About selling merch

So the idea about selling Thrive merch to raise more money for development has been around for a while. There’s been some investigation into ways to make it work, but no full solution has really come up with anyone pushing it really forward. I looked into the findings of earlier attempts today and again failed to find a solution, but I’ll document my findings here so maybe someone who knows more can pitch in.

The first trouble is that we need products to sell, to solve this we basically have two choices:

  • Commission an artist (either currently on the team or some random freelancer) to make custom artwork for the merch that is Thrive related. Hiring existing freelancers is legally speaking a clearer situation as they are used to handling freelancing contracts and taking on the tax burden themselves (they are basically a company selling their services), whereas if we did a commission contract with a Thrive artist who is not doing freelancing currently, it might not really be worth it for them to figure out how to pay taxes on their income. Additionally if the freelancer is in EU or Finland there’s VAT to worry about. I didn’t find any concrete guidance on how a freelancer outside Finland should be handled properly.
  • Use existing art, technically much of the Thrive art, though not all as not all historic artists have signed the CLA, could be turned into merch, but in this case we wouldn’t have any means to stop someone else from also releasing the exact same merch. Because of that I don’t think this is a really good approach.

With paying the artist we can either do what I stated above and pay upfront, or we could maybe use some kind of royalties-based licensing scheme where we would only pay the artist based on sales. So in that case we’d move the risk from us to the artist and this is probably tax-wise a completely different thing and the artist would need to continuously handle their tax situation as they keep getting paid.

The only really clear situation seems to be if the freelancer is in Finland, then we can do things my Finnish employment laws (and probably get by just the 20€ or so our accounting company charges for employee payment tax calculations). Page about this (in Finnish): Freelancer verotuksessa - vero.fi

A different situation is where the freelancer is considered another company (even in Finland this can apply) in which case the buyer of services is only responsible for taxes and the other party is responsible all the employee fees and taxes. This page (again, in Finnish) describes the difference between an employee and just paying a freelancer for their work: Palkka ja työkorvaus verotuksessa - vero.fi

A found some templates, in Finnish, on this page: Toimeksiantosopimukset - Akavan Erityisalat which can probably be used (after translating to English) to make sure the freelancer is not considered an employee.

Not entirely related but I found a page describing how to handle taxes for a fully foreign employee hired by a Finnish company (page in Finnish again): Ulkomaisten työntekijöiden verotus - vero.fi which basically boils down to that the employee is not taxed in Finland but the company needs to figure out the tax situation in the country the employee is in and pay taxes and fees there. I doubt our accounting company has experience with random countries so if we hire an employee outside Finland we probably need to get an accounting agency or a lawyer in the target country to help us out…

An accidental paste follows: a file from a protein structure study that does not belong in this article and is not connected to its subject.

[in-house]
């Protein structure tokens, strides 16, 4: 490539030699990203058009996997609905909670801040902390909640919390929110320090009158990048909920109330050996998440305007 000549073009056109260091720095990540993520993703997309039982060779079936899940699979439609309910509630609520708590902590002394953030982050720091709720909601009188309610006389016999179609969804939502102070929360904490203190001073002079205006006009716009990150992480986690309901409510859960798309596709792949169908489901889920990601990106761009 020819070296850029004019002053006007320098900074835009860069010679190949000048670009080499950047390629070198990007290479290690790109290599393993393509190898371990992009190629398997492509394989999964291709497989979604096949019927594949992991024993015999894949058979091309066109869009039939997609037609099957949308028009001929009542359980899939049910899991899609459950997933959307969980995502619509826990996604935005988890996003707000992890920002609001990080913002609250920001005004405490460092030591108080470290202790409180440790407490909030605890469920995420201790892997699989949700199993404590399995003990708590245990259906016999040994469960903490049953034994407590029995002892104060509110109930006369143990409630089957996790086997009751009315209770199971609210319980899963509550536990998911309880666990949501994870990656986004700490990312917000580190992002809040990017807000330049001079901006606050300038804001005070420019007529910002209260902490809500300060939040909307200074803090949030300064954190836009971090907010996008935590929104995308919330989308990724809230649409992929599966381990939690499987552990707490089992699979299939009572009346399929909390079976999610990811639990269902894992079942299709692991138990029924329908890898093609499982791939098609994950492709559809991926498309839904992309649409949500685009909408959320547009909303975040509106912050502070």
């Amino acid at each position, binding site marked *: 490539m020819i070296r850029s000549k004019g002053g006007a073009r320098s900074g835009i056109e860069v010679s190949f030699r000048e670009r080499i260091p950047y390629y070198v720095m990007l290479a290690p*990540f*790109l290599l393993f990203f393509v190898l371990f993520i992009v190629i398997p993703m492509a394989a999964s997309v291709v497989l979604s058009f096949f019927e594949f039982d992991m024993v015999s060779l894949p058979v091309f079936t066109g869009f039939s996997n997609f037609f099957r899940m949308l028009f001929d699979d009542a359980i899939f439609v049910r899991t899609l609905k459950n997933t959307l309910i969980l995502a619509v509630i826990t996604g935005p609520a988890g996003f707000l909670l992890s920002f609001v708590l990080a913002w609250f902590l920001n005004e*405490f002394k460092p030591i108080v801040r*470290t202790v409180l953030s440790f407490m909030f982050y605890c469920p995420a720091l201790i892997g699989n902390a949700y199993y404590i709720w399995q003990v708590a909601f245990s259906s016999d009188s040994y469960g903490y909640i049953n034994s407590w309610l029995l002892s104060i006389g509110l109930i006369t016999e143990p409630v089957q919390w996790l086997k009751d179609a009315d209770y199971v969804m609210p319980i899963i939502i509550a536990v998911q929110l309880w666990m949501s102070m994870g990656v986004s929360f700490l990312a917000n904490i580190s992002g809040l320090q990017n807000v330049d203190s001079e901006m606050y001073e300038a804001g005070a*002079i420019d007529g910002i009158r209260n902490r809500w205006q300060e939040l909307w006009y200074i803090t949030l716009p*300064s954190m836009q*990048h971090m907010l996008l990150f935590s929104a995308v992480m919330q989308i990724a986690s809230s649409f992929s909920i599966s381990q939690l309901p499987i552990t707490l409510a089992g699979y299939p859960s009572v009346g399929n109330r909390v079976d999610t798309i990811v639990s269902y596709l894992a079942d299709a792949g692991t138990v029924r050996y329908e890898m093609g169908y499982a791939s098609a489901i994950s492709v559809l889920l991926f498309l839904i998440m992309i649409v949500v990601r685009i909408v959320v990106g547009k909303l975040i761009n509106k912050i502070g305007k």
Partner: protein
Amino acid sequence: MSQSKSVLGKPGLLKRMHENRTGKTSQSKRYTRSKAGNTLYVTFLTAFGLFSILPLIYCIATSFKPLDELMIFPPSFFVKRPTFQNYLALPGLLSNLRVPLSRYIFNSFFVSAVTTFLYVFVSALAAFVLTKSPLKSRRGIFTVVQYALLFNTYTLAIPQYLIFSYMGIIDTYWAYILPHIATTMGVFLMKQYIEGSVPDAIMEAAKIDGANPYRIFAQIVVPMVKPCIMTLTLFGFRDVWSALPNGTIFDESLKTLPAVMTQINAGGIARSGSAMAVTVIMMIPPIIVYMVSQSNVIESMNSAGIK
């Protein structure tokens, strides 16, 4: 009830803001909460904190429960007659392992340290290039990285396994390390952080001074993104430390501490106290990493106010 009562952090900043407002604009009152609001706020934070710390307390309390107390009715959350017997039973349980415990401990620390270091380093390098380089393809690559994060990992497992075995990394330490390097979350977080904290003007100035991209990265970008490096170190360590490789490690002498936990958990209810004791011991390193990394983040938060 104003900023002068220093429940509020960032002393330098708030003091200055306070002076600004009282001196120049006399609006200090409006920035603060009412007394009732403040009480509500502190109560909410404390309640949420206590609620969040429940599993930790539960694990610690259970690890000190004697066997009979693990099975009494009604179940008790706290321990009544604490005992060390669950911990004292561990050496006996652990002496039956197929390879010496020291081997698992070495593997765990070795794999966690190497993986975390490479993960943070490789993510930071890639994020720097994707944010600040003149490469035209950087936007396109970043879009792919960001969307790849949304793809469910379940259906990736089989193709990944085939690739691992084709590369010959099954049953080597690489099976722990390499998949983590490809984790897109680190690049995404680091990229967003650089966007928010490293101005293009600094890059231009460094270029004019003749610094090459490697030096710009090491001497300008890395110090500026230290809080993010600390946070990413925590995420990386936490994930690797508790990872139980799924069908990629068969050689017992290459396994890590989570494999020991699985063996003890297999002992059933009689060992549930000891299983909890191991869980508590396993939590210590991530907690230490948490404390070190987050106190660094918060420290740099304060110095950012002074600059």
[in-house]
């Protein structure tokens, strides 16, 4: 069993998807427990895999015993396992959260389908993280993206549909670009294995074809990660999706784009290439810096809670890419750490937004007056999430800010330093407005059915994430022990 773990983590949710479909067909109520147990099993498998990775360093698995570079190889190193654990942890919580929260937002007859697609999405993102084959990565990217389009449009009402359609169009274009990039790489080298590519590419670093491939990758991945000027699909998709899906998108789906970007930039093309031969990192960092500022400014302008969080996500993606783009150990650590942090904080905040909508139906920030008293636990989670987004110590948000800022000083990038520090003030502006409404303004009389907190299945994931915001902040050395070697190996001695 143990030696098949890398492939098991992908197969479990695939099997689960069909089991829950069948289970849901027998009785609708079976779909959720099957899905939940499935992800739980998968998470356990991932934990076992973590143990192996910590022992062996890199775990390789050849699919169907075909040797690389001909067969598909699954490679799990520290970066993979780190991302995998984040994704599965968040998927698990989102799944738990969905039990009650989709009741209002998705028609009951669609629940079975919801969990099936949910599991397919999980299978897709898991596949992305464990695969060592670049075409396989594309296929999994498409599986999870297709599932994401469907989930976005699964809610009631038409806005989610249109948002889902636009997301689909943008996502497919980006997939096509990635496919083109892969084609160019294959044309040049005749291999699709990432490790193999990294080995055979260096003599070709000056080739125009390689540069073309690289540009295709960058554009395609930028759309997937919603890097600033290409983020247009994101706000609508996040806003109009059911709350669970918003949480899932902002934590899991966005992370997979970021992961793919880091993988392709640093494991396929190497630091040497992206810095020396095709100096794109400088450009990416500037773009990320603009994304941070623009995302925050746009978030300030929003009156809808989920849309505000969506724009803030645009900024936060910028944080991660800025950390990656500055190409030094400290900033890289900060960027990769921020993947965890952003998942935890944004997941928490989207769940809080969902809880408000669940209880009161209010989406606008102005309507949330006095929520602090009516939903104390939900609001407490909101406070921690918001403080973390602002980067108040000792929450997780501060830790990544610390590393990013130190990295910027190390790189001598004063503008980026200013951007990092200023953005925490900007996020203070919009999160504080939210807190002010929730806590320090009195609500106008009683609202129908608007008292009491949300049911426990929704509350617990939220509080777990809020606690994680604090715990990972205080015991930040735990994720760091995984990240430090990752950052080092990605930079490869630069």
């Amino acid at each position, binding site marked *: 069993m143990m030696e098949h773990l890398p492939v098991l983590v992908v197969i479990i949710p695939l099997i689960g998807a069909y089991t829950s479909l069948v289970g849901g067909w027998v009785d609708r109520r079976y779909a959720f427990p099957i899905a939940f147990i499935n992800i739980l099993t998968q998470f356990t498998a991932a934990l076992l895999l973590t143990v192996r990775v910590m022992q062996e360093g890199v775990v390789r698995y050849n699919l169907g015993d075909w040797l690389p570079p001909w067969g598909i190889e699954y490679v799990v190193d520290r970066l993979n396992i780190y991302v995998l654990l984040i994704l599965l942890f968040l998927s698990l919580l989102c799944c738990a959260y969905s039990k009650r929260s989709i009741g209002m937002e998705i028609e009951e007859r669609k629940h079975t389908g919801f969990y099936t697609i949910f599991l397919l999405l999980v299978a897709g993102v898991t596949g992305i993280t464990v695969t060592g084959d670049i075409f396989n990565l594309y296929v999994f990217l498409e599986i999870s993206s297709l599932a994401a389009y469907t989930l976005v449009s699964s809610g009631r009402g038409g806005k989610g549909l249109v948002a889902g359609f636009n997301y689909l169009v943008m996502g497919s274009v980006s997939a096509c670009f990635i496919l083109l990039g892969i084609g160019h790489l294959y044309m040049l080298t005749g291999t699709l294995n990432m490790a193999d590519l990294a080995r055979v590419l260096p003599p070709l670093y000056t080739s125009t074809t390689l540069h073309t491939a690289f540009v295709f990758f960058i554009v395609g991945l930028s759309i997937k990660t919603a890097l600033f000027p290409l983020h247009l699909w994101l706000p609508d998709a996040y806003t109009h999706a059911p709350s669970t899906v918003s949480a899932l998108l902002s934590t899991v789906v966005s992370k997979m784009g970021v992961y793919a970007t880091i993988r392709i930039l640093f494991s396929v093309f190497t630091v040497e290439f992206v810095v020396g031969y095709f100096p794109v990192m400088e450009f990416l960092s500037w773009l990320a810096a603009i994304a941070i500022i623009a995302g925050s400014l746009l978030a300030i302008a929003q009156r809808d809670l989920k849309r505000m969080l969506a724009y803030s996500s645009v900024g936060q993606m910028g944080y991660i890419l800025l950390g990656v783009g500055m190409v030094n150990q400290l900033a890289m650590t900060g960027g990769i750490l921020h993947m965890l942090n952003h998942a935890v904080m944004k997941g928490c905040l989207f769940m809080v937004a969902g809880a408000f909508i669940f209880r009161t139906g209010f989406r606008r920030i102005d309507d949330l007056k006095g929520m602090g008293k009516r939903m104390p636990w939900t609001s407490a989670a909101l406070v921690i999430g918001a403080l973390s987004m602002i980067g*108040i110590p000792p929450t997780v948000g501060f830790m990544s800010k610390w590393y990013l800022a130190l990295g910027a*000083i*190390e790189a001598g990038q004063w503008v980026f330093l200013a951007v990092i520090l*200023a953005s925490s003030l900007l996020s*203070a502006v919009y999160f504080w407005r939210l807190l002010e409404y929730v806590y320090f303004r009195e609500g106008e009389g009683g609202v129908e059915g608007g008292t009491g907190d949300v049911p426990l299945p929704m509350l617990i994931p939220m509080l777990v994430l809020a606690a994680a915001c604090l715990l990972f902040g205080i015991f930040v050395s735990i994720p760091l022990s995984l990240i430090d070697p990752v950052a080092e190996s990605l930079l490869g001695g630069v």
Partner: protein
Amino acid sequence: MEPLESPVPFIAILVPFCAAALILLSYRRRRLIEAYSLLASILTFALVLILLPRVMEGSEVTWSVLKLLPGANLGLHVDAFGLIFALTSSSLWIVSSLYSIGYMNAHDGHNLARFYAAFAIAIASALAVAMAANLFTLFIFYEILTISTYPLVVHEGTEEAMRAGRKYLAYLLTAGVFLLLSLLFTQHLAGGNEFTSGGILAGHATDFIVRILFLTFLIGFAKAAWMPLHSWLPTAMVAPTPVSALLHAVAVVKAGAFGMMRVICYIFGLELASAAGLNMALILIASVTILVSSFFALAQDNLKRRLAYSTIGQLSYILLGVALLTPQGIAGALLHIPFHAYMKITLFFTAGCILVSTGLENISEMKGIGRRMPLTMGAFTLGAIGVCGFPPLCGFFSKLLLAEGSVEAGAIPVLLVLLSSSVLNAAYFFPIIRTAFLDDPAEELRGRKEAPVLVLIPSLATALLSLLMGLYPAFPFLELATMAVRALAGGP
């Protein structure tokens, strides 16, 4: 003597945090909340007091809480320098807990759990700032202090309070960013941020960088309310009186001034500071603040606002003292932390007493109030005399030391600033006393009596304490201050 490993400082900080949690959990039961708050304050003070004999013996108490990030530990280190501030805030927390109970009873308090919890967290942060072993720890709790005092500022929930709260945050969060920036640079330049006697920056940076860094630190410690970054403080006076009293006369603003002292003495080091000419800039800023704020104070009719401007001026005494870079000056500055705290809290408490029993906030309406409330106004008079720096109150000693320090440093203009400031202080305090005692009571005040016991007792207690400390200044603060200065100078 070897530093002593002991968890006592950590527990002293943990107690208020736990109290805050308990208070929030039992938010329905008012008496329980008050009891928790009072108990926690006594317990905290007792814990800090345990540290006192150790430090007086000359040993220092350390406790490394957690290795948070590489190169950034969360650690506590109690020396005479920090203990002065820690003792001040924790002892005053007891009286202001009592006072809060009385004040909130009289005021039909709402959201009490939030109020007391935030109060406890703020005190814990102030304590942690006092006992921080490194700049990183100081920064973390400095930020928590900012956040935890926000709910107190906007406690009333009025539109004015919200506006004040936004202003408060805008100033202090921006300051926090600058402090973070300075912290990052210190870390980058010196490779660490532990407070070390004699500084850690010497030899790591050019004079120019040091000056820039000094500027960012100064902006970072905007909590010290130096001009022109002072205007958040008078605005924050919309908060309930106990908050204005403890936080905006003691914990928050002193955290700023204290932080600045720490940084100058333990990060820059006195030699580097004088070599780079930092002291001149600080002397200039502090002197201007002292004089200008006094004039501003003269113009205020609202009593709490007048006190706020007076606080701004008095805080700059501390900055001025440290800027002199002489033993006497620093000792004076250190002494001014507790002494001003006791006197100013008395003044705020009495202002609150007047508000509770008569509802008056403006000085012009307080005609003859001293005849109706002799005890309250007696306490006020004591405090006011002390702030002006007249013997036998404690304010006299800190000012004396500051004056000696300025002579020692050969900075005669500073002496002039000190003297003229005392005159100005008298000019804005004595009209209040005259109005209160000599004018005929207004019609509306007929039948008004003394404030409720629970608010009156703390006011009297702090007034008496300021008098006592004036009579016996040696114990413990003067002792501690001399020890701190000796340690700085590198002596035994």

Hiring a freelancer through a site like https://www.upwork.com is actually not that simple. This is because upwork isn’t a party to the agreement between the client and the freelancer. Instead they just do escrow, payment services. So the only benefit to using a site like that is to find existing freelancers and being able to gauge the reputation of the freelancer. We still have all of the tax law things to figure out, though experienced freelancers probably already know how to handle their taxes so outside the EU-based freelancer could be very easy to deal with.

After figuring out how to get the art for the merch, comes the harder part: making an online store to sell it in.

For this there are actually a couple of seemingly good print-on-demand and shipping services:

Both of these are free to start off with and only charge for the printing and shipping services (unless we go on printify to the higher service tier which is a fixed monthly cost). Both of these services can integrate with various online fronts but none of the ones I looked at handle sales taxes. Which is a huge problem!

Here’s some popular storefronts that don’t handle (but provide some tools to set things up) taxes:

  • https://www.shopify.com/
  • Etsy (this handles taxes but requires items to be handmade by us, so I don’t think we can sell there)
  • Woocommerce

There’s actually sites that handle taxes:

But those don’t have integrations to any on-demand printing service I looked at, so we’d need to either manually copy orders or write custom software to forward the orders.

I found this page listing some online serving services that handle VAT: Digital sales in the EU: Which e-commerce platforms comply with VAT? - Quaderno

There’s seemingly one saving grace which is that Stripe supports automatic taxes handling: https://stripe.com/en-fi/tax That handles collecting all the tax payments and forwarding them, but still needs to manually submit tax reports in all countries taxes where collected in. They have some filing partner services but I doubt those are free.

It seems to be possible to use, for example, Shopify with Stripe payments so it might be possible to enable that option there. Of course the hardcode option is to make a custom storefront that integrates with Stripe and one of those printing services’ API, which is not as bad as it sounds because the storefront just needs to display products, have cart, and then send that info to Stripe and then handle the payment success info coming from Stripe to forward it. That’s kind of similar to using one of those storefronts that don’t integrate with the on demand printing services automatically.

Anyway my conclusion is that selling merch would be a huge pain to setup, and would cost quite a lot in overheads. Thus sales volume would be pretty important to make sure that any significant profit could be made. To me it seems maybe better to try to push the Patreon harder. Or maybe donations? But then again doing the donations last time was a bit of a mess and for next time we’d need to prepare better by maybe getting some separate accounting for the non-profit donations side of things, but that might cost extra and I kind of want to consult a legal expert on how to set that up, so a new donation campaign would need to earn at least 50% as much as the first one to really bring in any money…

Next, I think we need to somehow research how many sales we would actually get per month (and how much profit based on how high we can price our shirts and other merch), before putting in the effort to trying to find out how the taxes and selling could work.